Matt Yglesias has a good post up on how the debt ceiling debate has obscured the fact that the big driver of increased federal expenditures into the future is due to the growth of health care costs.This pairs well with my last post, which shows the same thing in a comparative perspective.
He writes, “The thinking here, which drove administration policy during its first 30 months in office, is based on the reality that high projected government spending is driven almost entirely by the rising cost of health care.” He then goes on to describe some of the health care aspects of the deficit reduction plan developed by his colleagues at the Center for American Progress.
For now, though, I'd like to pivot to some other aspects of the plan. CAP's plan aims to balance the budget by 2030, and it has several important tax provisions that would help the middle class. It institutes a flat 15% tax rate on income up to $100,000 for joint returns, raises the top bracket back to the 39.6% it was under the Clinton Administration, and it adds a 5% surtax on millionaires until the budget is balanced.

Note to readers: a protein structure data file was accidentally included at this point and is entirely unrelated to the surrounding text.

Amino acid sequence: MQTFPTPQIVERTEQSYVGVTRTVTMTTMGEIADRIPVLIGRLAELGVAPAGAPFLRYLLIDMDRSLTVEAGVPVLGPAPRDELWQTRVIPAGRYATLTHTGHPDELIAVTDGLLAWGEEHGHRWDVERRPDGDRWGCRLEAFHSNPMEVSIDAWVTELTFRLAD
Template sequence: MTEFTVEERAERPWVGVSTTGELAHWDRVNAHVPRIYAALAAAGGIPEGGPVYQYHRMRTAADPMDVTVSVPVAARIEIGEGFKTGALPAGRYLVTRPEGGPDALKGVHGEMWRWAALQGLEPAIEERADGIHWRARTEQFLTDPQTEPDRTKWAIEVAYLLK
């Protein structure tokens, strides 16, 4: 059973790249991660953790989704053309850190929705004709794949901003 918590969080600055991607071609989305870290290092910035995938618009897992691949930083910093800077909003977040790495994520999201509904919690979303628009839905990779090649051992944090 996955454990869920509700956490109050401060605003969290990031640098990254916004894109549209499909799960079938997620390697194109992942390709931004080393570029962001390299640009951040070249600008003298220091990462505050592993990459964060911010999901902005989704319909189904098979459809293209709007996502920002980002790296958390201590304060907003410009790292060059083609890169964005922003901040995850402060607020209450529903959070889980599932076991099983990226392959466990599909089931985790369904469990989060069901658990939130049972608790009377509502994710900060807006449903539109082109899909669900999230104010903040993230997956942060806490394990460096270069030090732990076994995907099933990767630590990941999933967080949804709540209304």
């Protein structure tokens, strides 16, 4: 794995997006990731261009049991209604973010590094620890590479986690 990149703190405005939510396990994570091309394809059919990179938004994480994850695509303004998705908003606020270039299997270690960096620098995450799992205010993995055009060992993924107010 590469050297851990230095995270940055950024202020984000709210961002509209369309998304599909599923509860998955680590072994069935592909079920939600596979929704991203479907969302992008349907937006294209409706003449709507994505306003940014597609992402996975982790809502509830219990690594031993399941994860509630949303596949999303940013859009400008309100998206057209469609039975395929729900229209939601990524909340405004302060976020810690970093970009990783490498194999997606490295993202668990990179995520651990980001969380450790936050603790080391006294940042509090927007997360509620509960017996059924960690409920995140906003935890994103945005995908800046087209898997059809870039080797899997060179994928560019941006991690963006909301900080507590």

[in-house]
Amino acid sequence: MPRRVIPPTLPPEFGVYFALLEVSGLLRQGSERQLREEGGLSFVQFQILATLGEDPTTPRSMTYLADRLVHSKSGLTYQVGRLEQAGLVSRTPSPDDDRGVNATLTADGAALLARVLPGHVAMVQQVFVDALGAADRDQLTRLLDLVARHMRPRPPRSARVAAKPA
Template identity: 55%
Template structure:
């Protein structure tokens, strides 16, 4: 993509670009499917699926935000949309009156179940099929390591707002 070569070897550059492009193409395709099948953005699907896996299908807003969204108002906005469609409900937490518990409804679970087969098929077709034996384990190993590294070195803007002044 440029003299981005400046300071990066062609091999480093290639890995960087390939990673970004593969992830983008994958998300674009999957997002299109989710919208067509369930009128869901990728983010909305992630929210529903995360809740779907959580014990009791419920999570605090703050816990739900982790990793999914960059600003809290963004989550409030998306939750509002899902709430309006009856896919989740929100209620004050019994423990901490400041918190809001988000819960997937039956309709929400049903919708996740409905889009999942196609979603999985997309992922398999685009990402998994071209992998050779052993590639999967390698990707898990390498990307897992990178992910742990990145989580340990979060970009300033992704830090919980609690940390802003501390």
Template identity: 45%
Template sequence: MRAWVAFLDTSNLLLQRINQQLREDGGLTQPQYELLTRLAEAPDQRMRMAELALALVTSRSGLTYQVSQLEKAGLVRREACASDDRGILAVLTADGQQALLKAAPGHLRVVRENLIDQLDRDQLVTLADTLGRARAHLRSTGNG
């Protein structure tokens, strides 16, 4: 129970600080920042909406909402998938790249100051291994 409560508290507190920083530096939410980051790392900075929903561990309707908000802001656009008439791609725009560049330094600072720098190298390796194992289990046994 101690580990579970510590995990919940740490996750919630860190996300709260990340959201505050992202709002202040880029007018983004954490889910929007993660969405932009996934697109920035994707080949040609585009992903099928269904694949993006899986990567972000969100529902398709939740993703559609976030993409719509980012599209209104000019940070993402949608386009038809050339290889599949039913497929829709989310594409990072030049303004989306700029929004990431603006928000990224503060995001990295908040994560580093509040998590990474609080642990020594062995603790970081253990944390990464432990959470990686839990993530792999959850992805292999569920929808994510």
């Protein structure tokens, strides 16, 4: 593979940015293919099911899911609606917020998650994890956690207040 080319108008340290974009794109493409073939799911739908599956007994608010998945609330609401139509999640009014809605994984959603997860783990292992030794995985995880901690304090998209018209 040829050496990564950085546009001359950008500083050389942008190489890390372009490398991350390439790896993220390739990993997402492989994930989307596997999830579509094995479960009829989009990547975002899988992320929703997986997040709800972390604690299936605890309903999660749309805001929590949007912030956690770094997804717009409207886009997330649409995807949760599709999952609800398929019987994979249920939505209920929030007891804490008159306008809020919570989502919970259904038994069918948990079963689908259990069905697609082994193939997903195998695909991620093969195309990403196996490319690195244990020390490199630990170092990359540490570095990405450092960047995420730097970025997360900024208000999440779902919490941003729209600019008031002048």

In addition, it incorporates a financial transactions tax (often called a “Tobin Tax,” after its early proponent, Nobel Prize-winning economist James Tobin). Beyond Tobin's idea of a tax on foreign currency transactions, the CAP proposal would apply as well to stock, bond, and derivatives sales. This proposal would simultaneously raise revenue and reduce the financial speculation that contributed to the 2008 crisis.
These are definitely reforms worth pursuing, and the CAP link above gives you multiple options for how deeply you want to follow up on them.